• e-stim to maintain tone of facial muscles
    • facial muscle exercises
    • functional retraining (chew on opp side)
  13. Guillain-Barre syndrome (GBS) - basic description
    • LMN polyneuropathy of viral origin --> weakness, paralysis, sensation loss
    • presents LE to UE, distal to proximal
    • recovery is slow, takes up to 1 year
  14. GBS signs and symptoms
    • affects cranial and periph nerves
    • sensory loss (stocking/glove)
    • paresthesias (tingling, burning)
    • can produce tetraplegia w resp failure
    • tachycardia, abnormalities in cardiac rhythm, BP changes
  15. treatment for GBS in ascending, stabilized, and descending phases
    • asc: resp therapy, PROM, positioning to reduce contractures, skin care
    • stab: prevent injury to denervated muscles, avoid overuse and fatigue, do gentle stretching, initiate mvmnt in controlled env
    • desc: muscle re-edu, mod exercise, teach energy conservation
  16. postpolio symptoms
    • myalgia
    • joint paoin
    • asymmetrical atrophy
    • excessive fatigue and decreased endurance --> loss of function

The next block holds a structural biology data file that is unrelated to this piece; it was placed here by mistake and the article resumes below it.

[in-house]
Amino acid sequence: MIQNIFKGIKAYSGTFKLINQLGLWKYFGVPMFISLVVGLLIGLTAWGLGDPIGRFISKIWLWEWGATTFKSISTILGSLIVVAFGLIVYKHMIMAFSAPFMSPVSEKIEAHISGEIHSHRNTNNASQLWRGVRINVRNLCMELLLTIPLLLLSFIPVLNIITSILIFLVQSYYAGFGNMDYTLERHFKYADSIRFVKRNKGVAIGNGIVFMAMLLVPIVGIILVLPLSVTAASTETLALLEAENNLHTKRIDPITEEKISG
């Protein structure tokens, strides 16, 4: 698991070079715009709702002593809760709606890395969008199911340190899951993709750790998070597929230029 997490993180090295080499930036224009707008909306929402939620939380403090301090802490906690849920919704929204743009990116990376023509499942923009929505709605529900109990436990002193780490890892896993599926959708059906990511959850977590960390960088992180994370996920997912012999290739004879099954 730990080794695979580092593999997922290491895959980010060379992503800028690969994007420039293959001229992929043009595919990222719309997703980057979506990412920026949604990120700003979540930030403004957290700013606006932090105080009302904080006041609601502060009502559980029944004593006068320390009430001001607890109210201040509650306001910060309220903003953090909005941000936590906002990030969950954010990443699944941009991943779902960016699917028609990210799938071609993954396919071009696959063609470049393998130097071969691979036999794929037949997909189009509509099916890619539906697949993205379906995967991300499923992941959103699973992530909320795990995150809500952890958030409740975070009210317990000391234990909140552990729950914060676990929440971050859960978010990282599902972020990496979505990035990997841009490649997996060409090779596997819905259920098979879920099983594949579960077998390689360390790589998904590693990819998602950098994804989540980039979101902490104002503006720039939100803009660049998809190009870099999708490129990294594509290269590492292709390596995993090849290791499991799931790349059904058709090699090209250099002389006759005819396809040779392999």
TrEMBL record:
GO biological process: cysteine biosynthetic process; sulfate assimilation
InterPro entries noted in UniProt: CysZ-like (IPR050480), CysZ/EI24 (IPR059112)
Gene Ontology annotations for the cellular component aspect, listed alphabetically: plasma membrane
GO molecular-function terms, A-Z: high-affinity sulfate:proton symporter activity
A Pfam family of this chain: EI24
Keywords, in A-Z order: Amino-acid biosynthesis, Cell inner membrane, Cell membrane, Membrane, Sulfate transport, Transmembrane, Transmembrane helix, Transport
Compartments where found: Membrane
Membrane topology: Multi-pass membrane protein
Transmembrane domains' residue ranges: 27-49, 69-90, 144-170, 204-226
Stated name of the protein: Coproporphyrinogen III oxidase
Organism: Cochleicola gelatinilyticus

17. treatment for postpolio
    • low intensity exercise NEVER to point of fatigue
    • orthotics
    • work on endurance and energy conservation
  18. thalamic pain syndrome aka dejerine-roussy syndrome
    what is it?
    stroke involving which artery?
    • continuous intense pain on hemiplegic side
    • posterior cerebral artery
  19. myofascial pain syndrome (MPS)
    • persistent deep aching muscle pain
    • nonarticular in origin
    • characterized by trigger points

    fibromyalgia also affects soft tissues and other symptoms, sleep disturbances, b&b, numbness and tingling, cognitive...
  20. nonarticular def
    affecting or involving soft tissues (as muscles and connective tissues) rather than joints
  21. referred pain in heart attack
    medial L arm and jaw pain
  22. referred pain from gall bladder
    right subscapular
  23. referred pain from kidney
    thoracic or flank pain